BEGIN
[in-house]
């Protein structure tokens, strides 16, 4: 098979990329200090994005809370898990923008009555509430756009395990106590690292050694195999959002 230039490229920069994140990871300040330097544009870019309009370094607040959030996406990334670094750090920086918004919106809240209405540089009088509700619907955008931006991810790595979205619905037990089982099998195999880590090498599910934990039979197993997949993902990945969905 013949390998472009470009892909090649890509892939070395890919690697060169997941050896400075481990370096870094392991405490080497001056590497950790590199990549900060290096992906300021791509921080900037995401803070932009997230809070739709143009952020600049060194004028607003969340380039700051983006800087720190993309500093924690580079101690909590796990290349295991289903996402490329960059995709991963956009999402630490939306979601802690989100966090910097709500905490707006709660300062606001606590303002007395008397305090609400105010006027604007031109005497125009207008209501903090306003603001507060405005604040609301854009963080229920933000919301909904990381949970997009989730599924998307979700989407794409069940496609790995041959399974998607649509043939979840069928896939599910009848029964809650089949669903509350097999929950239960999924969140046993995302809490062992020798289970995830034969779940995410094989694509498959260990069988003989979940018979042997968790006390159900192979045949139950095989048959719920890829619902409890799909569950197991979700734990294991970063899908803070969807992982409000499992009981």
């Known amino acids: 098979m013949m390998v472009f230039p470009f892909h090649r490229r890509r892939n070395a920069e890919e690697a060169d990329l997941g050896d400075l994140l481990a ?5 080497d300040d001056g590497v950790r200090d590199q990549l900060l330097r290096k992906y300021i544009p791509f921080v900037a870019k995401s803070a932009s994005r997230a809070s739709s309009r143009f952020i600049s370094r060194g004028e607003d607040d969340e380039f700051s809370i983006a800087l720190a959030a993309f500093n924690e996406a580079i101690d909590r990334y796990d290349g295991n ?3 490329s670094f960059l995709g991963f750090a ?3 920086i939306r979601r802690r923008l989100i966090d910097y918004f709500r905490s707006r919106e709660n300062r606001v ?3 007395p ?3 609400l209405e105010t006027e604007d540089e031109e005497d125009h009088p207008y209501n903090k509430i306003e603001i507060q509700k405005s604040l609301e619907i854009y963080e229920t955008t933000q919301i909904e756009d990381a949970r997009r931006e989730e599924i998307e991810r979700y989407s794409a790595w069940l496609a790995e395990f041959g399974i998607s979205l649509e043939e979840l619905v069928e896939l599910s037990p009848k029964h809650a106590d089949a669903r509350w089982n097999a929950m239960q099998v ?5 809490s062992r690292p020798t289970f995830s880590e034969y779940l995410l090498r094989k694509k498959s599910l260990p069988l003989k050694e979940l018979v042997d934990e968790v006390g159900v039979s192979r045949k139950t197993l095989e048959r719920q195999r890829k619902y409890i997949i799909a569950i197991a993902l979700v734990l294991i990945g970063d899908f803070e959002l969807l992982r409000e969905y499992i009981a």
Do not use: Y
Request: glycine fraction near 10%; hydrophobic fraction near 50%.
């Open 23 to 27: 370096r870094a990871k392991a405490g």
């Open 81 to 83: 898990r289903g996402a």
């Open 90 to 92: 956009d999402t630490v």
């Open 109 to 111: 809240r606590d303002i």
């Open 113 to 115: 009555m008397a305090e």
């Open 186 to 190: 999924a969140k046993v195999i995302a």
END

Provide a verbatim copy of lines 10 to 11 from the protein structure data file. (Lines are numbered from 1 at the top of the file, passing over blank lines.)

């Open 113 to 115: 009555m008397a305090e």
């Open 186 to 190: 999924a969140k046993v195999i995302a």